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Revista Brasileira de Saúde Materno Infantil

Print version ISSN 1519-3829On-line version ISSN 1806-9304


SOUZA JUNIOR, Julio César de; KUNKEL, Nádia; GOMES, Marcius de Almeida  and  FREITAS, Paulo Fontoura. Inverse equity and inequalities in the use of technology in childbirth, in Santa Catarina, Brazil, 2000 to 2004. Rev. Bras. Saude Mater. Infant. [online]. 2007, vol.7, n.4, pp.397-403. ISSN 1806-9304.

OBJECTIVES: to investigate changes over time and factors associated with caesarean section rates in the State of Santa Catarina, Brazil, between 2000 and 2004. METHODS: data from the Live Births National Information System for the State of Santa Catarina were used. The variables analyzed were maternal age and literacy, ethnicity/skin color of the newborn, duration of gestation and number of prenatal consultations. Crude and adjusted prevalence rates were estimated for each of the variables using Poisson regression. RESULTS: rates for the period were three times higher of those accepted by the World Health Organization and increased from 43.3% in 2000 to 50.6% in 2004. For the whole period (2000-2004) prevalence rates, both crude and adjusted, were found to be positively associated with higher maternal literacy (PRadj=1.50; 95%CI: 1.47-1,52), older age (PRadj=2.10; 95%CI: 2.05-2.15), greater number of prenatal consultations (PRaj=1.27; 95%CI: 1.26-1.29), pre-term (PRadj=1.10; 95%CI: 1.06-1.13) and post-term deliveries (PRadj=1.22; 95%CI: 1.14-1.30), and protection for the indigenous (PRadj=0.79; 95%CI: 0.75-0.85) and "non-white" newborns (PRadj=1.10; CI95%: 1.06-1.14). A significant decrease in the adjusted prevalence ratios (PRs) when comparing the extremes in the period (2000 and 2004) appeared for all variables and categories. CONCLUSIONS: the caesarean section rates were well above those justified for medical reasons alone. The decrease in the caesarean section PRs when comparing extremes during the period calls attention to a reduction in the effects of the "inverse equity" probably connected to a higher access to childbirth technology among women of lower socio-economic status, at least partly attributable to more liberal use of this technology in obstetrical practice, including more widespread medical recommendation of caesarean section.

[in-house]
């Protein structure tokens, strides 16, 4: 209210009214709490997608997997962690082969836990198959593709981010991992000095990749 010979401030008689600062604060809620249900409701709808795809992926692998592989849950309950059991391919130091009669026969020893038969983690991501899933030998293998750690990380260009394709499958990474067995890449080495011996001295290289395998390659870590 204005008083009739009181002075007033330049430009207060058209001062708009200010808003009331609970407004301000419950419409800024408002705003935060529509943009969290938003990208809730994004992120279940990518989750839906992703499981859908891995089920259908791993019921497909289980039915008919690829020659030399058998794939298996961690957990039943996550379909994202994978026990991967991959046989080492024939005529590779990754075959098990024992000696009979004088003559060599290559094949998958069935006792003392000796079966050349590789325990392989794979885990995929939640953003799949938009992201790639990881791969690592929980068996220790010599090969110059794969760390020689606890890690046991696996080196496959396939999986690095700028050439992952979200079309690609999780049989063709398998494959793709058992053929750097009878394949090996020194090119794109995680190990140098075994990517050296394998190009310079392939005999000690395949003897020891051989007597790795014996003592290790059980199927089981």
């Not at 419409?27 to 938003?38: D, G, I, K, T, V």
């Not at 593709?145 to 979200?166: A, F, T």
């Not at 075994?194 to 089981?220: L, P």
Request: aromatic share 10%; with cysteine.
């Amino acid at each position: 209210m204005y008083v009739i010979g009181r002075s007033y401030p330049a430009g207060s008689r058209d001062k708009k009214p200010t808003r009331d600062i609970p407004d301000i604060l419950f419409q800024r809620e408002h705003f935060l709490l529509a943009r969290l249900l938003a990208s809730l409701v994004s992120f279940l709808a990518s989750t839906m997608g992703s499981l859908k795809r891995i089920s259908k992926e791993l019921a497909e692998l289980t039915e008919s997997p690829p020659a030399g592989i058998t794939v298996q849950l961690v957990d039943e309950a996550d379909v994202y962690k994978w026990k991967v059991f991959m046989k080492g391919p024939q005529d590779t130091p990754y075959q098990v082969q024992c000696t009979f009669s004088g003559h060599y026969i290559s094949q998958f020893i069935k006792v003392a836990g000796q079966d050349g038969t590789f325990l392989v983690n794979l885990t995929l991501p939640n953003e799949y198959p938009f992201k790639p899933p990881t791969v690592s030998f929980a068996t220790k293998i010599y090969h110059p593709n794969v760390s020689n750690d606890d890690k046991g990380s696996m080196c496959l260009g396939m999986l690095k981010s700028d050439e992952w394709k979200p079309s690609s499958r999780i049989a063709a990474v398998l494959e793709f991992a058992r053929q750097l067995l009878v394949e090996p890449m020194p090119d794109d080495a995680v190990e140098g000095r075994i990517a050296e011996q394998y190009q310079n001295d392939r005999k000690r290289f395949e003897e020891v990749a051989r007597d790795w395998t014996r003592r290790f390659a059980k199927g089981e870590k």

Keywords : Cesarean Section; Risk factors; Health inequalities; Socioeconomic factors; Ethnic groups; Educational status; Maternal age; Women's health; Indigenous population.

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